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Directory last updated does not always change.  RSS feed

 
Theodore David Williams
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So I realize that this is not truly a java problem/question but I imagine that someone here has run into this before.

If I have the following directory structure"

Docs
|
---> Work
---> Home

If I add/remove a file/directory from the Work directory its last updated date changes, but the last updated data for Docs does not change.

The case I have the directory structure is much bigger, but same problem. I have a top level directory like 'Docs' and I need to know if any files/directories have been added/removed in any part of that directory tree.

I have thought of one possible solution and was wondering what others think or of anyone has had success with another solution.

I was going to recursively parse the entire tree starting at 'Docs' and store every file/directory in a list. Then iterate the list adding up all the last modified dates. (probably subtract off the smallest last modified form each so that the number does not get too big). If the sum of all last modified dates is different than a previous calculation then a directory/file has been changed.

As you can probably tell from this solution I do not need to know which directory/file changed, just that one or more have changed.

Thanks in advance.
 
Maneesh Godbole
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Yes. The last modified reflects only the 1st level changes. In the past I have used JNotify to monitor changes (don't know if that will suit your requirement). I think Java7 has some similar built in functionality like JNotify but I haven't migrated to 7 yet.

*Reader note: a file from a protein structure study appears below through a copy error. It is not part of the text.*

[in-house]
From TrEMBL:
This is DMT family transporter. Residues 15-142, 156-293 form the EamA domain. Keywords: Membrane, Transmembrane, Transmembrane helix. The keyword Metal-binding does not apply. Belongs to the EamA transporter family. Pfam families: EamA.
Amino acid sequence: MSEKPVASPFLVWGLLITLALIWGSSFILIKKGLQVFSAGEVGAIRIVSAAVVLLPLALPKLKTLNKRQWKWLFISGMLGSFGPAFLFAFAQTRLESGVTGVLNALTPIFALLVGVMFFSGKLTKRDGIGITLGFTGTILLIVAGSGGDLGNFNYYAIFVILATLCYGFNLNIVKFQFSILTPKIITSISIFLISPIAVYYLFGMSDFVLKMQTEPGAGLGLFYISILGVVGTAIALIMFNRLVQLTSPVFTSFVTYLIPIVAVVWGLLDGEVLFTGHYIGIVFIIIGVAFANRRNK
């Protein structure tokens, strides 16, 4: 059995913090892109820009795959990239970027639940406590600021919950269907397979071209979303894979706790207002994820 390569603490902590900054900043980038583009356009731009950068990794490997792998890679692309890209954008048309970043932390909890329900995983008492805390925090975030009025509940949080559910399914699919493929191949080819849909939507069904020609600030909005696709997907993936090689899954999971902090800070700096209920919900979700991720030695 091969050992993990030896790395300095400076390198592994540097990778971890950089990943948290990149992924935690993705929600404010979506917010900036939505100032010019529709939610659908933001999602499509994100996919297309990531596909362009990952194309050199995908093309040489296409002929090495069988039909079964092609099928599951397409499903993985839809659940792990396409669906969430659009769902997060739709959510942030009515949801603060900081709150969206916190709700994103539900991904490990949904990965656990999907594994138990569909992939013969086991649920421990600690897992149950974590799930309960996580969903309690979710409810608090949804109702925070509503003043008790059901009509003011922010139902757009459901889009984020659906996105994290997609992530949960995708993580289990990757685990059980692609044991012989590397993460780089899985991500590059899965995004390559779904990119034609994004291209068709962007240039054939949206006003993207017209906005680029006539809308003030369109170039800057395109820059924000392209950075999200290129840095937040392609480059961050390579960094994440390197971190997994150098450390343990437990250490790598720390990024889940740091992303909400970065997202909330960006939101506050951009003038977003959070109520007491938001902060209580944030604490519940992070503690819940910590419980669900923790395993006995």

Rob Spoor
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Java 7 has interface java.nio.file.WatchService, but I haven't worked with it before.
 
Joanne Neal
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Theodore David Williams wrote:I was going to recursively parse the entire tree starting at 'Docs' and store every file/directory in a list. Then iterate the list adding up all the last modified dates. (probably subtract off the smallest last modified form each so that the number does not get too big). If the sum of all last modified dates is different than a previous calculation then a directory/file has been changed.

Why don't you keep a record of when you last ran the check. The next time you run it you only need to check for files with a later date - you can then stop iterating through the list as soon as you find one.
 
Martin Vajsar
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Joanne Neal wrote:Why don't you keep a record of when you last ran the check. The next time you run it you only need to check for files with a later date - you can then stop iterating through the list as soon as you find one.

There is one caveat though - if there is a file with a date in the future (this might be due to changing the system time, or copying the file from a system which had system time incorrectly set, there is also NTFS/FAT32 date inconsistency after daylight saving changes, etc.), this check might fail to detect a change (edit: it would actually detect a change every time it would be run).

(We've a system running 24/7 and system clock changes on Windows due to daylight saving time adjustments had caused us some headache in the past.)
 
Consider Paul's rocket mass heater.
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